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Population and Community Ecology of Ontogenetic Development$
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André M. de Roos and Lennart Persson

Print publication date: 2013

Print ISBN-13: 9780691137575

Published to Princeton Scholarship Online: October 2017

DOI: 10.23943/princeton/9780691137575.001.0001

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Life History Processes, Ontogenetic Development, and Density Dependence

Life History Processes, Ontogenetic Development, and Density Dependence

Chapter:
(p.24) Chapter Two Life History Processes, Ontogenetic Development, and Density Dependence
Source:
Population and Community Ecology of Ontogenetic Development
Author(s):

André M. de Roos

Lennart Persson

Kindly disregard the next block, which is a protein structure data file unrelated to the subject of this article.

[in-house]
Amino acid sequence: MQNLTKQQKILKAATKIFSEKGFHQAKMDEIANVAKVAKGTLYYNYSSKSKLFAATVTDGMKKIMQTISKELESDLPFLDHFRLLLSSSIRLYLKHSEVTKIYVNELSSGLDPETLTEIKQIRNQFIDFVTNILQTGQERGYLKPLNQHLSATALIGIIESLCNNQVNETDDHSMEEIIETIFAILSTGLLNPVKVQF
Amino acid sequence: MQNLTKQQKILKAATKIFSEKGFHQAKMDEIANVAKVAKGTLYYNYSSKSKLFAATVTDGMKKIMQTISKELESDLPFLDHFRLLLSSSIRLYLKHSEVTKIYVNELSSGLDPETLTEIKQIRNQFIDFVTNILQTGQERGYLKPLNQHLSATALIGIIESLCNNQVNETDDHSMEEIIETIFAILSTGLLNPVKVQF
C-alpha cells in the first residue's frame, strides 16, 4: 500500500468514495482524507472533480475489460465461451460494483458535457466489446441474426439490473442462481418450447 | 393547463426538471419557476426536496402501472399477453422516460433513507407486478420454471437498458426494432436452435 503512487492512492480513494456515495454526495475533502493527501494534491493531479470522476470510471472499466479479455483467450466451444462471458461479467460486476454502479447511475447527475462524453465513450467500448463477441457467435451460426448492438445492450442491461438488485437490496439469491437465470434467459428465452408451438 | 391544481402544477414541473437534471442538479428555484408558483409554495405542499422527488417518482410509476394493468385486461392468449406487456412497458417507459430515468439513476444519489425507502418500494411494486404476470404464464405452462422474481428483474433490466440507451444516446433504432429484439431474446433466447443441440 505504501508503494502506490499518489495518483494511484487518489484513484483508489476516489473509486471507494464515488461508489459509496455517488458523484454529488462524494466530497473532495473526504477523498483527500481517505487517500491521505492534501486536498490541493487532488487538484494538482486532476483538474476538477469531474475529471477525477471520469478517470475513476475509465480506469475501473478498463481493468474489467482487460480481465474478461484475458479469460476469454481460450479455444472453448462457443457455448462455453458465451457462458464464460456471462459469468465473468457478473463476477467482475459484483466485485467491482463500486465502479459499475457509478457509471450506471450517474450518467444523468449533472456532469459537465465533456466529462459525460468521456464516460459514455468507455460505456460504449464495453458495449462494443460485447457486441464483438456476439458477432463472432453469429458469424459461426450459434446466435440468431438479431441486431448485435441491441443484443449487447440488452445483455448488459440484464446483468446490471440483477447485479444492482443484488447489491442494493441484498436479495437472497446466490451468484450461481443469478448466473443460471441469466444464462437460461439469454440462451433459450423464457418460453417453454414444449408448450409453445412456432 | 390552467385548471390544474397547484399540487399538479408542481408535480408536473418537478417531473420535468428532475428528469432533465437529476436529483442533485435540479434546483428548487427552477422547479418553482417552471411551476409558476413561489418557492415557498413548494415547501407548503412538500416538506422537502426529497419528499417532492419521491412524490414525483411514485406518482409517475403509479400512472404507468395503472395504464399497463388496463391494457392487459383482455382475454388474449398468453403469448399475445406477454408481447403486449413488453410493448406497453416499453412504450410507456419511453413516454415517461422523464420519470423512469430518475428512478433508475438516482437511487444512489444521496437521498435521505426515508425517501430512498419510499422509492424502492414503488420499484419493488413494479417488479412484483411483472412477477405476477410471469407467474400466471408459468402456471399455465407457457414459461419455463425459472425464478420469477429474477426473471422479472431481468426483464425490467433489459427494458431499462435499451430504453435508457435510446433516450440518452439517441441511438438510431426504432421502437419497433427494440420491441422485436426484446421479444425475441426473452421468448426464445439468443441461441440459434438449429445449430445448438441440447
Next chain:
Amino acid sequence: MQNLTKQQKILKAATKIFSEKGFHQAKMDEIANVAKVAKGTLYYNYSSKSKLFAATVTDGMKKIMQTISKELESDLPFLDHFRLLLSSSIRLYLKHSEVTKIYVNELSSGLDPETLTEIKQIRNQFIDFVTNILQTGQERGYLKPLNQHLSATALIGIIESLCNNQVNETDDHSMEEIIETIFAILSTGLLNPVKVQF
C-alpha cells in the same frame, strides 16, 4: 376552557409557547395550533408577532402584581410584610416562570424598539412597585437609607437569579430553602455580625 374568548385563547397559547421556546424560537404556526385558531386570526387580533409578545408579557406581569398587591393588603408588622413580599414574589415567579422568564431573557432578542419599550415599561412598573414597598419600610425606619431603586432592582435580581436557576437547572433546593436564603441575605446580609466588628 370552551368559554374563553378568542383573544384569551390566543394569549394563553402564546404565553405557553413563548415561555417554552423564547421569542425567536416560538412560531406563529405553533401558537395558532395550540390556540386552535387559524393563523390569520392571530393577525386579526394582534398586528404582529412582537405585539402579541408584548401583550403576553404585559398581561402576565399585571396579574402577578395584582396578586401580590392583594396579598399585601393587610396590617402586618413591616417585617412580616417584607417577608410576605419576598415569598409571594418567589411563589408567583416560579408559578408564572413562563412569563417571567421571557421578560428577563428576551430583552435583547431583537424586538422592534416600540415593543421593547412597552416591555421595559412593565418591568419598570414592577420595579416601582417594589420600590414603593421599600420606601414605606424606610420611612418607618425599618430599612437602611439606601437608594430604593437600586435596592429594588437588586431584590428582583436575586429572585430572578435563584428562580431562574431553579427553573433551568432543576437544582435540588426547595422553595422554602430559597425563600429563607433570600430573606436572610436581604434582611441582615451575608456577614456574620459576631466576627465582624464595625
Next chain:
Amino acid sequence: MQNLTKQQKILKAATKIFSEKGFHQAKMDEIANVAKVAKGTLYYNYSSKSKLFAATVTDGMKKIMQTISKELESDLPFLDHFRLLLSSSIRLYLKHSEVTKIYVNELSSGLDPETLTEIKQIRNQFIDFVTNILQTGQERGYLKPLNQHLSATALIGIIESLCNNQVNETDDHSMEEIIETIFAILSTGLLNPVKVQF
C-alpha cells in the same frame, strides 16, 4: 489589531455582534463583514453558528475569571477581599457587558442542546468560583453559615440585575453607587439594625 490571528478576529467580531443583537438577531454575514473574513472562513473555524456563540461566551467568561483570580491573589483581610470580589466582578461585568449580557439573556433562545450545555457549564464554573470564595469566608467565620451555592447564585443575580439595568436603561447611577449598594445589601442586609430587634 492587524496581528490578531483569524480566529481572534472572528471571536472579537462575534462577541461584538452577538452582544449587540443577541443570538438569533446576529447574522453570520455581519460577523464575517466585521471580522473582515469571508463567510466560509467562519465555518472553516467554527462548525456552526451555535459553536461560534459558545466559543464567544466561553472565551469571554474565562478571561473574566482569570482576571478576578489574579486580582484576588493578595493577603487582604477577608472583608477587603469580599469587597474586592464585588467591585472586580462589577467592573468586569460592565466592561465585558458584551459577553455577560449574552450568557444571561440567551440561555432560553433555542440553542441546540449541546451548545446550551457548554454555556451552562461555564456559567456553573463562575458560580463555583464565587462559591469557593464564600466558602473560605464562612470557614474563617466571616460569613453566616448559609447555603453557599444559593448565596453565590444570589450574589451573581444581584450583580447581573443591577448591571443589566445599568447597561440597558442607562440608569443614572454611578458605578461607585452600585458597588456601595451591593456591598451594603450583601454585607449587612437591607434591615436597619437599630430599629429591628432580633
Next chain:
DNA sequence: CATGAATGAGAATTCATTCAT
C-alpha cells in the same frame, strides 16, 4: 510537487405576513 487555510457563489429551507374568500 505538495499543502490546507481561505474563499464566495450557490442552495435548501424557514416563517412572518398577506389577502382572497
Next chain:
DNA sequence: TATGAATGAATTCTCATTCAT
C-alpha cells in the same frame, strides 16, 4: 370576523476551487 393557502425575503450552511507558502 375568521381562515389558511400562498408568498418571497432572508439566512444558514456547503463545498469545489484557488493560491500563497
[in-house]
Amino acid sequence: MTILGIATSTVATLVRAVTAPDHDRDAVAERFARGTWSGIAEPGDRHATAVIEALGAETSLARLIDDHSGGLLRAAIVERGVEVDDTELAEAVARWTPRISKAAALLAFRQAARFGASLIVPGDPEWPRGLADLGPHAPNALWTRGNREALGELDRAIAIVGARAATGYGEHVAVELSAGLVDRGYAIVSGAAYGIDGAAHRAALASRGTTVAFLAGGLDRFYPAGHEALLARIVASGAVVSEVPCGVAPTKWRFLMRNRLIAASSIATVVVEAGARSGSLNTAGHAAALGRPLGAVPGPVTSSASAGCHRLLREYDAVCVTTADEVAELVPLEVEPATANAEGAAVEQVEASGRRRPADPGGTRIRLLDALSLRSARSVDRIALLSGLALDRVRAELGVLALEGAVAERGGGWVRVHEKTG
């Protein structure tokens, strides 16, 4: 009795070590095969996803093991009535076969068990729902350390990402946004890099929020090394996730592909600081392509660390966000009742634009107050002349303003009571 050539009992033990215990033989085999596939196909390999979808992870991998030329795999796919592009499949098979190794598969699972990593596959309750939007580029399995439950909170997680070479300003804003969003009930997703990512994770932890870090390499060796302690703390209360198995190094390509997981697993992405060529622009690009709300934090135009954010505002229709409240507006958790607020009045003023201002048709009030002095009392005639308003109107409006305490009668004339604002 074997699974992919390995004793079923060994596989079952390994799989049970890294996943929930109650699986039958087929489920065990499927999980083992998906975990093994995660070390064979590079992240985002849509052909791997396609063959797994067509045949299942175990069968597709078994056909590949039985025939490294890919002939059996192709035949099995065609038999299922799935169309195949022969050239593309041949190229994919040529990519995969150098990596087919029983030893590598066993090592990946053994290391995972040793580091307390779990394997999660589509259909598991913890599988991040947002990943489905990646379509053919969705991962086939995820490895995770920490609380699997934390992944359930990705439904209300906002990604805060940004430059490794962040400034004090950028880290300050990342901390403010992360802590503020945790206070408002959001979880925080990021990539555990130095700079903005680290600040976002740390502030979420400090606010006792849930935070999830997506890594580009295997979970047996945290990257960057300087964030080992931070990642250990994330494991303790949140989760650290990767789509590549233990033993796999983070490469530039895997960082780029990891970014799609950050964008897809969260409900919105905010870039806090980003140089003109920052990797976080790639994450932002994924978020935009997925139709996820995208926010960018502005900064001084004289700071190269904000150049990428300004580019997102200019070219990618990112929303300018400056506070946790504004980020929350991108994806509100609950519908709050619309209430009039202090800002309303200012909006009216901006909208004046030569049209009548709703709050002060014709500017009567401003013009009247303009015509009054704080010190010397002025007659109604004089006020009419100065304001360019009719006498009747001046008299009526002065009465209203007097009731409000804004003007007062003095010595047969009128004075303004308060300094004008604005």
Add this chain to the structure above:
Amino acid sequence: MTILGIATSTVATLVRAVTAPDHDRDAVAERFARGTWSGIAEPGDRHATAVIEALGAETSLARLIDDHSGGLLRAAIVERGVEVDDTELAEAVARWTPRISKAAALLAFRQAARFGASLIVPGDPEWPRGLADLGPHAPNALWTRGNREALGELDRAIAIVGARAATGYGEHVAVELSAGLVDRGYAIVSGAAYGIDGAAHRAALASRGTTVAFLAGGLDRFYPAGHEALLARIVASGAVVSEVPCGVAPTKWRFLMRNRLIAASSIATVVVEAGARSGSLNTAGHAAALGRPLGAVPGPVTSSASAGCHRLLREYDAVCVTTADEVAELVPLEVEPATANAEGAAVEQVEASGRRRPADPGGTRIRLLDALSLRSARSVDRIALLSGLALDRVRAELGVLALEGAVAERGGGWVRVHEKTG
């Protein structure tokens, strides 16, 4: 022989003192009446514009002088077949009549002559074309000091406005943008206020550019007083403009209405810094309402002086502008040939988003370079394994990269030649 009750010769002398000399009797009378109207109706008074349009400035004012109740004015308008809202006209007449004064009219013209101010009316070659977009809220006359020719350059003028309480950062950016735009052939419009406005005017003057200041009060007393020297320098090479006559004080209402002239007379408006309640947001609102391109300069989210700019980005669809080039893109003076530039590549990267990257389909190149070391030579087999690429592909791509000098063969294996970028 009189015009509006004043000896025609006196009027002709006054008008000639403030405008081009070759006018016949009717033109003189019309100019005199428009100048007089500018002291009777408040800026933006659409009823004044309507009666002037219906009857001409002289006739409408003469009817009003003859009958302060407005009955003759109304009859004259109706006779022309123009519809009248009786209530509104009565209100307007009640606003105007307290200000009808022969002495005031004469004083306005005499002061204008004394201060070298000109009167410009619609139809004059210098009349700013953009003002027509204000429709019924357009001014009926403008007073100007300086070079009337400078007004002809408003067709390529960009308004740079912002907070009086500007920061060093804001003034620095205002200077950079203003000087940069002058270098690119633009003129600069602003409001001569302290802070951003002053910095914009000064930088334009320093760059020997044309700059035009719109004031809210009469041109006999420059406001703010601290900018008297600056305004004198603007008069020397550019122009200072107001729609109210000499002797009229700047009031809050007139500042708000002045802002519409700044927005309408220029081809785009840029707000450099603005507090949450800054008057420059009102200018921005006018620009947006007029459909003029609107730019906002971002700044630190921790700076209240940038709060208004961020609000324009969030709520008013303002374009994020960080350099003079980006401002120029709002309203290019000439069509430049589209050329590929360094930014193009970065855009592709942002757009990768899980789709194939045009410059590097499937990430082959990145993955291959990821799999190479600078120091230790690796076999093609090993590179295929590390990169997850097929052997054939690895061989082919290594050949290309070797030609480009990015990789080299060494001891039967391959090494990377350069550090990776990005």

Publisher:
Princeton University Press
DOI:10.23943/princeton/9780691137575.003.0002

This chapter first considers the question of how ecologists have conceptualized populations. In other words, how has their research looked at “group[s] of individuals of one species”? It reflects on the classical models that form the theoretical basis of population ecology: the Lotka–Volterra competition model, Lotka–Volterra predator–prey model, and Fretwell–Oksanen food chain model. It then argues that much of ecologists' understanding about populations and communities and their dynamics is couched in terms of mathematical models. The remainder of the chapter discusses individual- versus population-level assumptions, the population dynamical triad, growth patterns and ecology of ontogenetic development, body-size scaling and magnitude of body-size changes, and changes in ecological roles over ontogeny.

Keywords:   ontogenetic niche shifts, interspecific competition, ecology, ecological dynamics, predators, coexistence

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